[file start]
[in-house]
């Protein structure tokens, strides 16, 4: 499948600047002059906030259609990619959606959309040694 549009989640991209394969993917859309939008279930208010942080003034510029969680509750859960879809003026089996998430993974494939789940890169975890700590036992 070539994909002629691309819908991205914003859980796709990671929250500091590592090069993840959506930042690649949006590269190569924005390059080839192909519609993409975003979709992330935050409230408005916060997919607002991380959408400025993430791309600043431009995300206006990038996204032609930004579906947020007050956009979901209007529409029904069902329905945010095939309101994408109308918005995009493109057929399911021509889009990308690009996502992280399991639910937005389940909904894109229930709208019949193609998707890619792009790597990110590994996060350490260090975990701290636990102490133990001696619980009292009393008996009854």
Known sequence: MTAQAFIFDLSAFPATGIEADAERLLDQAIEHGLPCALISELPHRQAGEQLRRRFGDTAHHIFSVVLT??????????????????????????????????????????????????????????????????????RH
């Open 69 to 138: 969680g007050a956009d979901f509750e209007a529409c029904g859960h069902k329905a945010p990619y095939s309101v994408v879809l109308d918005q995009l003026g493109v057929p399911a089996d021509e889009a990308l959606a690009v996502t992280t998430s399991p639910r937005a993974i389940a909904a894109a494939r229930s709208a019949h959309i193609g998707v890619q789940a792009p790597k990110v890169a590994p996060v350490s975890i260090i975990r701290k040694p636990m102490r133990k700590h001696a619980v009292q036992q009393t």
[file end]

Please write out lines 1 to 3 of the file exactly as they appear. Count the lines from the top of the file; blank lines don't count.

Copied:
[in-house]
């Protein structure tokens, strides 16, 4: 499948600047002059906030259609990619959606959309040694 549009989640991209394969993917859309939008279930208010942080003034510029969680509750859960879809003026089996998430993974494939789940890169975890700590036992 070539994909002629691309819908991205914003859980796709990671929250500091590592090069993840959506930042690649949006590269190569924005390059080839192909519609993409975003979709992330935050409230408005916060997919607002991380959408400025993430791309600043431009995300206006990038996204032609930004579906947020007050956009979901209007529409029904069902329905945010095939309101994408109308918005995009493109057929399911021509889009990308690009996502992280399991639910937005389940909904894109229930709208019949193609998707890619792009790597990110590994996060350490260090975990701290636990102490133990001696619980009292009393008996009854």
Known sequence: MTAQAFIFDLSAFPATGIEADAERLLDQAIEHGLPCALISELPHRQAGEQLRRRFGDTAHHIFSVVLT??????????????????????????????????????????????????????????????????????RH